A new treaty seems poised to raise the profile of mediation as a way of resolving disputes, according to commentary by the dean and a student researcher here at the University of Georgia School of Law.
Coauthoring the Daily Report article, entitled “Singapore Convention Presents an Opportunity for Georgia in Mediation,” were international dispute resolution expert Peter B. “Bo” Rutledge, Dean and Herman E. Talmadge Chair of Law at Georgia Law, and 3L Katherine Larsen.
The United States belongs to a number of treaties – most notably, the UN Convention on the Recognition and Enforcement of Foreign Arbitral Awards, concluded in New York in 1958 and so known as the New York Convention – that make make arbitration awards enforceable. This membership, the article observed, “has given arbitration a comparative advantage over other forms of dispute resolution.”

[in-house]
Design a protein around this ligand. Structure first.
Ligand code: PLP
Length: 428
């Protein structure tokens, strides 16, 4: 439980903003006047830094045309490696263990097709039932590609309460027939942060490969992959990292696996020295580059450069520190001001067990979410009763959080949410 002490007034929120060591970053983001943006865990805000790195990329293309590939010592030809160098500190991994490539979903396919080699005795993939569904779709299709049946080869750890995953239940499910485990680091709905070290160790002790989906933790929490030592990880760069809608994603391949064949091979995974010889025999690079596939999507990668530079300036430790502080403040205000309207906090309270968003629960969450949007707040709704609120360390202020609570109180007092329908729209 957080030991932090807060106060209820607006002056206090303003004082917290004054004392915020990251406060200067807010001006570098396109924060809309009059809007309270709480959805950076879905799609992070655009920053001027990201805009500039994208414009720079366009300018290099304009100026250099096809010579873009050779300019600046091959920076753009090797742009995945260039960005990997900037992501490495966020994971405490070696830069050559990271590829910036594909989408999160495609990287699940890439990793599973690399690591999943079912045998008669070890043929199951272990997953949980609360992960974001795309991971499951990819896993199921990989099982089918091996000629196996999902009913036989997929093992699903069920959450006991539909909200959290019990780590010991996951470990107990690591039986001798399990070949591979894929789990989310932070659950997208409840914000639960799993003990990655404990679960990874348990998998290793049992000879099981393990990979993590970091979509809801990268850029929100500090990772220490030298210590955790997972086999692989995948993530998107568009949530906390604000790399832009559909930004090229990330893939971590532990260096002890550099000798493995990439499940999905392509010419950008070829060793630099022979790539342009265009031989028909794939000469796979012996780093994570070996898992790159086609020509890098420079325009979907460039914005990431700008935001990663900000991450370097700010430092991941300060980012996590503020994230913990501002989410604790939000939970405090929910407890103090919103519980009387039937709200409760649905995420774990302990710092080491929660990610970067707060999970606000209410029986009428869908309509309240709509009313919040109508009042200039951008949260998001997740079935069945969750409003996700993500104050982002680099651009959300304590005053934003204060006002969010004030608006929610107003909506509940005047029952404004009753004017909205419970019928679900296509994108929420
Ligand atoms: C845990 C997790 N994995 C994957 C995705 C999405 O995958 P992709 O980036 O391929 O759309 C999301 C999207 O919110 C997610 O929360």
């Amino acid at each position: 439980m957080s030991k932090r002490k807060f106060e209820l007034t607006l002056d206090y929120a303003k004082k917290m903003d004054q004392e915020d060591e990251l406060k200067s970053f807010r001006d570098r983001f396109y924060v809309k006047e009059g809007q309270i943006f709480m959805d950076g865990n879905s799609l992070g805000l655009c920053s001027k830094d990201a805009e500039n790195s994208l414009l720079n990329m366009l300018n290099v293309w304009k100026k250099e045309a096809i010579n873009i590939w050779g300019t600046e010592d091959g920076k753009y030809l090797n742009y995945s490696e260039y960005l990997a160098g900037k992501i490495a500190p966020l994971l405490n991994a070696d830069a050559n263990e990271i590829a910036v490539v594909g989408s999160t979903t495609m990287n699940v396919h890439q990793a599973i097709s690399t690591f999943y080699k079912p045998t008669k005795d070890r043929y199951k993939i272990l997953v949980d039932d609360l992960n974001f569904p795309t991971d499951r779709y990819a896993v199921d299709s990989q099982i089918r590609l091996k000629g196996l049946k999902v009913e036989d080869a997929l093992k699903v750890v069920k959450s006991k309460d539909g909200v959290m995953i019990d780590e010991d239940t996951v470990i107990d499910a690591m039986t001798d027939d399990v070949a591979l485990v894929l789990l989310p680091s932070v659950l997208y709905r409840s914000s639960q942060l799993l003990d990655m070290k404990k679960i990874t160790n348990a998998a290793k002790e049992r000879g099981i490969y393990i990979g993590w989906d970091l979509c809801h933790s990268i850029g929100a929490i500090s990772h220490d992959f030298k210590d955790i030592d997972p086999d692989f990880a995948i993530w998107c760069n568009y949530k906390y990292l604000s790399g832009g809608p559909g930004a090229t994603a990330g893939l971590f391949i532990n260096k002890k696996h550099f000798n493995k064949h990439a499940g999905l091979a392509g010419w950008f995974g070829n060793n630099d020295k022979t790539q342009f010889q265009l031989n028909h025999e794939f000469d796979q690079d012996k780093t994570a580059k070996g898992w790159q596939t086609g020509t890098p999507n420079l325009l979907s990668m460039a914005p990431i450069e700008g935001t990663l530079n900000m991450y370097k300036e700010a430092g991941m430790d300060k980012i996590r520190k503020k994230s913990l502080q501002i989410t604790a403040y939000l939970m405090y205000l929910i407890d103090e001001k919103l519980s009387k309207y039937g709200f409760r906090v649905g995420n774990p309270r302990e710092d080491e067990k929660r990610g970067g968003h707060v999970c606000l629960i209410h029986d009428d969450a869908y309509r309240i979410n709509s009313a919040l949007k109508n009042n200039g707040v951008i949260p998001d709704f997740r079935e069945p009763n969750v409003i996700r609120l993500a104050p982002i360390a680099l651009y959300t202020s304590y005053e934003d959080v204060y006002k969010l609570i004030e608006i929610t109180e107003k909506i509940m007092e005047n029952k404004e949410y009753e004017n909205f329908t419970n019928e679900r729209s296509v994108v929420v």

But that could change once the 2018 UN Convention on International Settlement Agreements Resulting from Mediation – named the Singapore Convention in recognition of the city where it was concluded last December – enters into force. Some predict that could happen within a year, the authors wrote, then focused on the significance of this for the state of Georgia:
“Much like it adopted an international arbitration code, the state should consider enacting an international mediation law tied to the provisions of the Singapore Convention. Such legislation could enhance Georgia’s appeal as a mediation forum and build upon its reputation as a jurisdiction hospitable to business, including the resolution of business disputes.”